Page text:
Their first gig was a parking lot benefit show in July 2021. “I’ve never been so ready for a first show in my entire life. We were coming together twice a week and practicing a lot for 10, 11 months before we played our first show,” says Chapman. After that, excited whispers about the band spread beyond Philly, and they started to tour further afield, including hitting the West Coast. Part of the appeal was their forceful and driving live show. “I feel like when you’re really present with live music, a lot of the time it has to do with the band just being really on the edge of what they’re doing, just pushing as far as energy, so we were trying to do that,” says Kennedy. “Some bands it’s like headphones and extra people strumming and just really trying to recreate a recording, and that was not the interest. We prioritize just allowing the live band to be its own thing.”
Härvest, the first collection of songs written as a full band, was recorded and mixed entirely by Kennedy (mastering was by Power Trip and Xibalba collaborator Arthur Rizk). It brought out some perfectionist tendencies, he says. “It took a long time to mix it because I was definitely more self-aware this time. I think Allen remembers one time — we live in the same house, and our bedrooms are just on either ends of a hallway. I walked down the hallway, I was practically in tears, and I was like, ‘Dude, I feel like I need to start this whole thing over. I’m going insane.’ And I didn’t, I just saw it through. [But] when you’re making a follow-up to something, there’s a little more sweating.” The sound he ended up with is so lo-fi it’s almost suffocating, emphasizing the image of a dark and brutal reality as it obscures and chokes the explosive instrumentals. “I think it gives it this quality where it’s kind of like an artifact. It’s like listening to recordings that feel like they’re lost,” he says.
From the sonics to the album artwork — a chainmail-clad peasant holding a scythe, a peace-sign mace dangling from the band logo — there’s a deliberate, holistic crafting of the band’s identity. An idea of reclamation was important to the band, Kennedy says: “Most created worlds and things like that have a lot of ideology intentionally or unintentionally implanted in them. And part of that is trying to be aware and control that. This stuff does get used symbolically for extreme right type of stuff. And that’s just a no-brainer — provide the opposite, push back against it. If something can be taken on one side of a coin to say something, it implies the other side.”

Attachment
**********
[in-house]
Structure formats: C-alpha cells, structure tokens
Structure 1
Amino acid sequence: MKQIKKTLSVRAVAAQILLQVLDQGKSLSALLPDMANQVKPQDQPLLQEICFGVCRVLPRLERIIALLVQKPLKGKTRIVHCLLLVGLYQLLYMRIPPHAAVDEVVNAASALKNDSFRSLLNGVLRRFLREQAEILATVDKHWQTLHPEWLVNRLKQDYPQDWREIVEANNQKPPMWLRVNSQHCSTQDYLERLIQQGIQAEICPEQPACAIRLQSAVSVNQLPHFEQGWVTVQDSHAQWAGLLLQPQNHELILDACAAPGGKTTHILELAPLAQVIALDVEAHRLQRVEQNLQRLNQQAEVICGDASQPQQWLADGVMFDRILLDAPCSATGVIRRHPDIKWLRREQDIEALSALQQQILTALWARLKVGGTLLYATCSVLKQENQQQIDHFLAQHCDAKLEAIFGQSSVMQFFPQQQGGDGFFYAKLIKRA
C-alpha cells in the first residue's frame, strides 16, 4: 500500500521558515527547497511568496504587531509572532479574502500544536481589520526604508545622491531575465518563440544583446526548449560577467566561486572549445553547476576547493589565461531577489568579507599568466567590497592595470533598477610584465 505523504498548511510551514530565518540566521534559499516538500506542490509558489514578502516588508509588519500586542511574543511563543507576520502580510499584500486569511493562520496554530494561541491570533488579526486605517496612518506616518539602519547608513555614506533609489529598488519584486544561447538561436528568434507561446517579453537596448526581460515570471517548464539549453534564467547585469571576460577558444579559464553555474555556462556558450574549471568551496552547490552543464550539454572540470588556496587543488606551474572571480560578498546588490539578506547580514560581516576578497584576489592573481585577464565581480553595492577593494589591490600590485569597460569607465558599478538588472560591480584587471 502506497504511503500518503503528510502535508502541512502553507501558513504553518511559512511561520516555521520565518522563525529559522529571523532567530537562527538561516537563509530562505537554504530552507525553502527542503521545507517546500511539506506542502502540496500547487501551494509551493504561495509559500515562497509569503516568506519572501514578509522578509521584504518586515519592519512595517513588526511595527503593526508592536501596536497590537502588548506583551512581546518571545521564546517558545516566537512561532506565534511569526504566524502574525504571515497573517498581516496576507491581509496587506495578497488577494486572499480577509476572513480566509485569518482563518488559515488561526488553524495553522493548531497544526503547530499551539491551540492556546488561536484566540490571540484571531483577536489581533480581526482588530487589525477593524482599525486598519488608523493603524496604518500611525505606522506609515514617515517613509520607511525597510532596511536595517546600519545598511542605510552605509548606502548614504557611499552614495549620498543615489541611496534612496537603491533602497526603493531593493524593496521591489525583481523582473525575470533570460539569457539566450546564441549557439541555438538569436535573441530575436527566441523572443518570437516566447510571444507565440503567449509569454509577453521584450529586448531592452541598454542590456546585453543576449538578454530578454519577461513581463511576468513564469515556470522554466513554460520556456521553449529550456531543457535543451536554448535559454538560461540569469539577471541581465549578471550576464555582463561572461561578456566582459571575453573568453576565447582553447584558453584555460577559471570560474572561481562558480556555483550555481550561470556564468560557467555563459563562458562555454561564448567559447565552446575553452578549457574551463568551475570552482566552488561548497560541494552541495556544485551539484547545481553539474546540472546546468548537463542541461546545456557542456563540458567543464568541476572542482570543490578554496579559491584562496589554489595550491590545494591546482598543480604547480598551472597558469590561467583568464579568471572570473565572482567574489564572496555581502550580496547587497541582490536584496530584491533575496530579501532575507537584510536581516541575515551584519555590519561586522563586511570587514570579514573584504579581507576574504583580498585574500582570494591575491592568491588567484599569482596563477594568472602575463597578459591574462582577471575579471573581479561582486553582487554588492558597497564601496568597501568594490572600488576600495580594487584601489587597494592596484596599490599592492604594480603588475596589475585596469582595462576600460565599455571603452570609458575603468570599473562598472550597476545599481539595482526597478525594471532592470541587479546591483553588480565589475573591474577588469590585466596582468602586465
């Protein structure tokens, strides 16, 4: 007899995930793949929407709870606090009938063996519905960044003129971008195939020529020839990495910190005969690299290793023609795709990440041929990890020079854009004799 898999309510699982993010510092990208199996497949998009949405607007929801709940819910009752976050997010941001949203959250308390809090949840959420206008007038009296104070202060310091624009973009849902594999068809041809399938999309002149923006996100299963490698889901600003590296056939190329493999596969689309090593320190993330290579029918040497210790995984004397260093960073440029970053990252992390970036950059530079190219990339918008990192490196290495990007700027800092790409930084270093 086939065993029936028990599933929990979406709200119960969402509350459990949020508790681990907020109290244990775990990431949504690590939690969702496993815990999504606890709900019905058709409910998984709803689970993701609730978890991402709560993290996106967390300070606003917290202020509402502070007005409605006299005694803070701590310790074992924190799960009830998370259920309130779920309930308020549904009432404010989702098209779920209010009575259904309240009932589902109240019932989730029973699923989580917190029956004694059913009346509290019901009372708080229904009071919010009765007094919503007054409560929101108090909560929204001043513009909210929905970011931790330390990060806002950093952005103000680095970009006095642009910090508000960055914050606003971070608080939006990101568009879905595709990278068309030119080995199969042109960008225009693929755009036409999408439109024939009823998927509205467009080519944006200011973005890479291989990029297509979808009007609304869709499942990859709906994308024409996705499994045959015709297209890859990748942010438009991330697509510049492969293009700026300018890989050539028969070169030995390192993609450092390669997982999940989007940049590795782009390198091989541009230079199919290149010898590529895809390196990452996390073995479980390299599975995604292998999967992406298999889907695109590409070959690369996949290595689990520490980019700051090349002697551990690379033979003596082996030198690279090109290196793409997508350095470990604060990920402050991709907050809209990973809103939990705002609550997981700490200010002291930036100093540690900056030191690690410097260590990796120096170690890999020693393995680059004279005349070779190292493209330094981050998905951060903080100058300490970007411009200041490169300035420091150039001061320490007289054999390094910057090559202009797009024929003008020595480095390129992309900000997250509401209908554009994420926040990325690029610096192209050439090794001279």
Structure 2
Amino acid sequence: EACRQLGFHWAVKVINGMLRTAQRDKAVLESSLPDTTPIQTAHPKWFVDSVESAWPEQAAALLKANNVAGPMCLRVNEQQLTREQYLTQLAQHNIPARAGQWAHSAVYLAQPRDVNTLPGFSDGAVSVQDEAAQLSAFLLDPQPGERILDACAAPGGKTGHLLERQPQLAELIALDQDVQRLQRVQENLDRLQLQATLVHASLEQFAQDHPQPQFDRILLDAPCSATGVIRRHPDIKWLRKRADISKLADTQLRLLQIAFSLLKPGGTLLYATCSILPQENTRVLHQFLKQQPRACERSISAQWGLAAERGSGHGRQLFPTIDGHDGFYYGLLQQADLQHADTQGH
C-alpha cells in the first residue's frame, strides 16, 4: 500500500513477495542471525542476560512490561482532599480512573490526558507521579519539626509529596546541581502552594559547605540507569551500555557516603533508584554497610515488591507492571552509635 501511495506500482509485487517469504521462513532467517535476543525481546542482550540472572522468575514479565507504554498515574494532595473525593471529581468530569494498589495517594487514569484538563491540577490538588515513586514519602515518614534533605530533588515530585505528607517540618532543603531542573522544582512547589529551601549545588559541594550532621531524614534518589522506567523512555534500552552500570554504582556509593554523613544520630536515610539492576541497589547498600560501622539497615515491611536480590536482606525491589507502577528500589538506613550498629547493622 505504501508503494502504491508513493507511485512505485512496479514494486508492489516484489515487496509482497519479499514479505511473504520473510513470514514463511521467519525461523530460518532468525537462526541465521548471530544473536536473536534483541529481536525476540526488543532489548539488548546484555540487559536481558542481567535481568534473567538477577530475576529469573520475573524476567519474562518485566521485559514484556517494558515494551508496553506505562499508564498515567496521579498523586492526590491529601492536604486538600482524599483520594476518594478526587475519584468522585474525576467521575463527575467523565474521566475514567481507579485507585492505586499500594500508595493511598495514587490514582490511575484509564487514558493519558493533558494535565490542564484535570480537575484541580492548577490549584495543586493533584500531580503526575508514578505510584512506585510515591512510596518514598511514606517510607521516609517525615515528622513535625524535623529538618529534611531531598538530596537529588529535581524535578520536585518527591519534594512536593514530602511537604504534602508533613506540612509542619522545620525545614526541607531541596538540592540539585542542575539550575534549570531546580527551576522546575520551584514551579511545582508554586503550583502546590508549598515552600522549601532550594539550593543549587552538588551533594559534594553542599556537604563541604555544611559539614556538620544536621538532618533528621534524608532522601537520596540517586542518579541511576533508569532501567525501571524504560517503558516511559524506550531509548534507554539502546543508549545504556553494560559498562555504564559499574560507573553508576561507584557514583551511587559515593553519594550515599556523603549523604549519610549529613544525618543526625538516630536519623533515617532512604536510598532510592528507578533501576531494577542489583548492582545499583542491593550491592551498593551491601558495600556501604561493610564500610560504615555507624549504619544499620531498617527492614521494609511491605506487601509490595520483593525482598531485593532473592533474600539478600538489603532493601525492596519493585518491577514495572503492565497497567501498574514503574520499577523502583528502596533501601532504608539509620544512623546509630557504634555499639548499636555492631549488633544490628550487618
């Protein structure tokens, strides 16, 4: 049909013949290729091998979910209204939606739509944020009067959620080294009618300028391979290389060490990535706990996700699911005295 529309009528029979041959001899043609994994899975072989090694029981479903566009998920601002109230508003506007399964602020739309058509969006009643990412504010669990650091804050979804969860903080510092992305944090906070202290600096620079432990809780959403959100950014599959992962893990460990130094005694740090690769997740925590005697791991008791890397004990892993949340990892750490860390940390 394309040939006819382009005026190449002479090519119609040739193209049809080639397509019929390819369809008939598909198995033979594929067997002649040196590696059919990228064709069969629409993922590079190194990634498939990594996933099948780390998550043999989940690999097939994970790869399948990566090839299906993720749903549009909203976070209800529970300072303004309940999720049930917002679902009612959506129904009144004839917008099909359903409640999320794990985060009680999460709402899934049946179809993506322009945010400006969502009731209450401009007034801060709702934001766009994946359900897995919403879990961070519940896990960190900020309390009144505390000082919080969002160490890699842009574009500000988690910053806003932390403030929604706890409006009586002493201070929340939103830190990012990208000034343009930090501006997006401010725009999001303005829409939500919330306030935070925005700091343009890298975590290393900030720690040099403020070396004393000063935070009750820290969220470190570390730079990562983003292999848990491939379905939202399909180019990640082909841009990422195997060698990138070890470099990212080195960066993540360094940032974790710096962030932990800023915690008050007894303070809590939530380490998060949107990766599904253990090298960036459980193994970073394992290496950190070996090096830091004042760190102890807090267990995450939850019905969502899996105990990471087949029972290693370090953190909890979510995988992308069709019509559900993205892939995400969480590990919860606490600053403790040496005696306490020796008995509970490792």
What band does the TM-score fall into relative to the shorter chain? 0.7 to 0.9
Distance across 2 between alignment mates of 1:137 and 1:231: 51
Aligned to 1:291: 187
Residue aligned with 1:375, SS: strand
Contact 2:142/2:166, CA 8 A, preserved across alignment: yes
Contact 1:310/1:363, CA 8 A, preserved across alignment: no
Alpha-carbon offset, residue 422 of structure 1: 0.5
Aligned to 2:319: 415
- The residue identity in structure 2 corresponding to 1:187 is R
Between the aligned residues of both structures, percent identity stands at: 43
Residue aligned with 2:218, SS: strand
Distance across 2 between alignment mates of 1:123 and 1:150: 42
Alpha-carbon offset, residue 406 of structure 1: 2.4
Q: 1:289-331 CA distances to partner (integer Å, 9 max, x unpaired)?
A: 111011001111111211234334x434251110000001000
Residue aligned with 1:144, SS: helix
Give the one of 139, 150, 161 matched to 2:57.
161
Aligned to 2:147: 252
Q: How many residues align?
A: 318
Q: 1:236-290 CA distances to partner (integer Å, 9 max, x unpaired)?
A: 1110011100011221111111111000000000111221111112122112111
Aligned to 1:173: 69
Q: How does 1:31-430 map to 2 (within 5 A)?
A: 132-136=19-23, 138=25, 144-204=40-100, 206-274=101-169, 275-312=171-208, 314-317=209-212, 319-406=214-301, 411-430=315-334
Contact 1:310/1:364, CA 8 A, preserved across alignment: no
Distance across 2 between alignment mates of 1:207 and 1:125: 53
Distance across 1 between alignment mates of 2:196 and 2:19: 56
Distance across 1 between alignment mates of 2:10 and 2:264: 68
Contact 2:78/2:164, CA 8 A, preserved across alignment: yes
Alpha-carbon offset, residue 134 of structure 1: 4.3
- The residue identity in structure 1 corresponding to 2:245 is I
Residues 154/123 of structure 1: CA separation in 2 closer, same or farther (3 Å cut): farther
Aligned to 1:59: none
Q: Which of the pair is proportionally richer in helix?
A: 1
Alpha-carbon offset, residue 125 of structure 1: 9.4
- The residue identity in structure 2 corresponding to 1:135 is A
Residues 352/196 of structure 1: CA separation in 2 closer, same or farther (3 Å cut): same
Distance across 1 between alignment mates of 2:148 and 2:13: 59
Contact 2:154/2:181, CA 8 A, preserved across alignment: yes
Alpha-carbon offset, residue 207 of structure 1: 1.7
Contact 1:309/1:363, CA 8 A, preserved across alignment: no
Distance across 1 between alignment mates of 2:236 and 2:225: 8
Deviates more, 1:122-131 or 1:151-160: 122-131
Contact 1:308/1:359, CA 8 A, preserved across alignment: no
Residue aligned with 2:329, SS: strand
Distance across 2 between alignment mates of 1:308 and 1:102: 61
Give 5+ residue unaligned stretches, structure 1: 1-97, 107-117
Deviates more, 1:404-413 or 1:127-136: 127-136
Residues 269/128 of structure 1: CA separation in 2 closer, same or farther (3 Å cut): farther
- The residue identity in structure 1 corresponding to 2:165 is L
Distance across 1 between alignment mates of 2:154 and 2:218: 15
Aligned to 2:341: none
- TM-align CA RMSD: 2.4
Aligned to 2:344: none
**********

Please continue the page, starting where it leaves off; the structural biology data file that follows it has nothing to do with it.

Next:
“With the right wing stuff in extreme music, especially NSBM and stuff like that, there’s a lot of hidden dog-whistling within it too,” adds Chapman. “It’s just like, okay, there’s this little rune in the corner over here, is this the good rune or the bad rune? There’s a lot of cowardice in that. But I think aesthetically for [our] stuff, there’s no hiding anything — it’s like, here’s these known symbols for equality and peace and solidarity. It’s very within the text.”
“Yeah. Obviously those folks are irredeemable scumbag pieces of shit, but they’re also fucking losers. That’s nerdy garbage, we hate it,” says Kennedy.
There’s nothing too self-serious about Poison Ruïn; the theme they play with is fun and a little silly, and they know it. First and foremost, their music is a good time. But the desperate relevance of their political message is worth heeding, if you can make it out through the muck. “You think about revolution as a complete overthrow of an entire system,” says Chapman. “But thinking about the way that stuff starts … it’s not the knight in shining armor, not the member of the imperial court, not the one that’s knighted by the republic. It begins at the fields, because society doesn’t exist without somebody that tills the fields. And it’s pointing the focus at that type of solidarity. It’s about the person that wasn’t given his horse, he had to train his horse.”
Härvest is out 4/14 via Relapse Records.